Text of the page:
If, like me, you are a senior citizen, the period of your lifetime has coincided with the development of bluegrass music from its early years. I first became aware of something called bluegrass in the early 1960s, but my initial knowledge and understanding of the genre was a bit vague. It was American, it had something to do with folk music, and it was played fast! It was quite some years before I learned that the first bluegrass band, as we think of it today, hit the stage of the Grand Ole Opry on the night of Saturday 1st December 1945. Earl Scruggs had just met Bill Monroe and played for him in a hotel room in Nashville that afternoon, in a meeting arranged by Bill’s fiddle player Jim Shumate. Ironically, Lester Flatthad been enjoying playing in the band without a banjo player (Stringbean had been gone a few weeks by then). He recalled, “Bill told me on stage there was a banjo player backstage wanting to try out for the group. I told Bill, as far as I was concerned, this fellow Scruggs could leave his banjo in its case.” Of course on hearing ‘this fellow Scruggs’ Lester immediately changed his mind and told Bill to hire Earl whatever it cost!
Such was the beginning of this classic band, as remembered by Jim Shumate and documentedby Tom Ewing in his encyclopaedic history ‘Bill Monroe – The Life and Music of the Blue Grass Man’. We are very fortunate nowadays to have a wide range of biographies, reminiscences and scholarly accounts of the history of bluegrass which can fill in many of the gaps in our knowledge and understanding. But the earliest sources of information were magazines and journals, and none were more accessible or valuable than ‘Bluegrass Unlimited’. First published in 1966, this monthly magazine is still flourishing and is essential reading for keeping up with the current scene. The driving force behind BU from its earliest years was Pete Kuykendall, who became the editor in 1970 and continued in the post until hedied four years ago at the age of 79. ‘Bluegrass Unlimited’ became known as ‘the bible of bluegrass’, and Pete is sadly missed as one of the four co-founders of the magazine. As if that was not enough he was in addition a fine musician, playing mostly banjo and recording under the name of Pete Roberts; and he wrote some excellent songs that have become bluegrass standards.
Such was the influence and importance of ‘Mista Pete’, as we are told he was affectionately known in the BU office, that many of us wondered what would be happening to ‘Bluegrass Unlimited’ after his death. We learned last year that from November 2020 BU was to be published under the banner of the Bluegrass Music Hall of Fame and Museum. When the November issue arrived I was sure that Pete Kuykendall would have been the first to congratulate the new publishers, writers and editorial team. Clearly they have been inspiredby the reputation and achievement of this venture initiated by ‘Mista Pete’ and his small group of co-founders in 1966. The number of pages in each issue has doubled. There is a new website with access to all sorts of material including an expanding archive of publishedarticles, lots of old photos and a library of podcasts, together with teaching videos and jam tracks for musicians. I am personally very pleased to have been able to download a detailed two-part article about the banjo player Johnny Whisnant by Walt Saunders, originally published in BU in 1970. ‘Bluegrass Unlimited’ is advancing on all fronts as we progress through the twenty-first century. Amazingly the basic annual subscription has not risen since the new format, and you also get all the benefits of the evolving website plus a weekly email newsletter with links. I’d go so far as to say that anyone with more than a passing interest in bluegrass music should support this continuing project by subscribing!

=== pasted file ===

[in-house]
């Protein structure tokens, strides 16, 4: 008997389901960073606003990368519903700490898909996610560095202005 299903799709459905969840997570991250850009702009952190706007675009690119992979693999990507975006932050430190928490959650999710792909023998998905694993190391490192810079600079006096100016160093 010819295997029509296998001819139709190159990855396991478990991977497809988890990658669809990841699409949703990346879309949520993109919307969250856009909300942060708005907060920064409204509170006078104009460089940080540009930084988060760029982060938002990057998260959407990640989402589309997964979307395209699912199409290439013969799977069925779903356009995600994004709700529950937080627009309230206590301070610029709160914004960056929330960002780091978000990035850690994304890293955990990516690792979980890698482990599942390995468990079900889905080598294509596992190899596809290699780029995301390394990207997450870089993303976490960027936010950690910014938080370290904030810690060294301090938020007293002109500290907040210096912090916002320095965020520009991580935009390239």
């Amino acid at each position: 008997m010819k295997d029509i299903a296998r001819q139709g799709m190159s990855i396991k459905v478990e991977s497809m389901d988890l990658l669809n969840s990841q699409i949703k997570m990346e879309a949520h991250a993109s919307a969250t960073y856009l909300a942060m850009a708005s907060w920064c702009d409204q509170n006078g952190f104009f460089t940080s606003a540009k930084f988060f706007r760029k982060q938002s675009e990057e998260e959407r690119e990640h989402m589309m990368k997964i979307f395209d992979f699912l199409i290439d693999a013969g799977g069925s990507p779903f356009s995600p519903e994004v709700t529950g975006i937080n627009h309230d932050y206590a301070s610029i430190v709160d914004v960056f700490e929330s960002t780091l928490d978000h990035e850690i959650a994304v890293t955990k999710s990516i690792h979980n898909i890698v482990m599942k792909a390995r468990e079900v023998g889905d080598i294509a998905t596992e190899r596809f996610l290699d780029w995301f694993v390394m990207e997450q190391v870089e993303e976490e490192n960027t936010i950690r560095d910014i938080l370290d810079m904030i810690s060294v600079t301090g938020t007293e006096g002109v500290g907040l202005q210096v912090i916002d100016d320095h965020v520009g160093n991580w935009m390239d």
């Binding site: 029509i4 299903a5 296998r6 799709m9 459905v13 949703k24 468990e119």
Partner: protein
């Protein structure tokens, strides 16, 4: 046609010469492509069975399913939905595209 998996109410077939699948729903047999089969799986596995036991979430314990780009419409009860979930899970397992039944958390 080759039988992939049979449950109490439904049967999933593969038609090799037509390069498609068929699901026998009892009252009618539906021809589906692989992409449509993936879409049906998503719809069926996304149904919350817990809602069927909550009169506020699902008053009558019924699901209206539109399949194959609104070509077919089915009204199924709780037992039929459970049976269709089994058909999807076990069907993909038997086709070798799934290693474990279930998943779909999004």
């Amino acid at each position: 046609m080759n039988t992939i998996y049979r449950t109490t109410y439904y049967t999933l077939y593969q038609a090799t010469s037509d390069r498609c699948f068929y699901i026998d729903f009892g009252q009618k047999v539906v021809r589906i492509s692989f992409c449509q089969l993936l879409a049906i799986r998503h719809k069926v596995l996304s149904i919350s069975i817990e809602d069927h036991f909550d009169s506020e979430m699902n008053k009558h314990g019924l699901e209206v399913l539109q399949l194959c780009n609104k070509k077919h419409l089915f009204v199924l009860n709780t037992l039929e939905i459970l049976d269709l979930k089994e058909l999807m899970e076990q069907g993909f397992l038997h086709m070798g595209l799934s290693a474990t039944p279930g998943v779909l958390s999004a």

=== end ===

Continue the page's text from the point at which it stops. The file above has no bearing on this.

As a lifelong amateur picker I’m particularly pleased to see the attention given to the needs of learners in the ‘new’ BU. Mandolin player John Reischman is featured in the latest issue, on the cover and with a long feature article inside. Reflecting on learning how to teach, he says, “I (now) have a better idea of what people will be receptive to at different levels …… Your typical student is not at a professional level. And just a little thing from, say, teaching basic double stops to someone who’s only playing fiddle tunes can be really eye-opening to them.”This is a teacher who knows his craft. I am personally encouraged by John’s awareness of musicians’ injuries and his acceptance of how age can affect our playing – without affecting our enjoyment of what we do!
The very fact that you are reading this piece on a web page is a reminder of how the internet has changed our musical world. Bluegrass has a major presence online which has made a huge difference to all of us who love the music. However, the internet is still complemented by our record collections – I’ve lost count of the number of LPs, CDs and tapes in my collection at home. And I have only to glance at the shelves around the house to be grateful for all the books and other publications (including Tom Ewing’s book on Bill Monroe mentioned above) which have informed and enthused me over the years. ‘Bluegrass Unlimited’ has been and continues to be an essential. If you are not a subscriber yet, do yourself (and bluegrass music) a favour and subscribe now!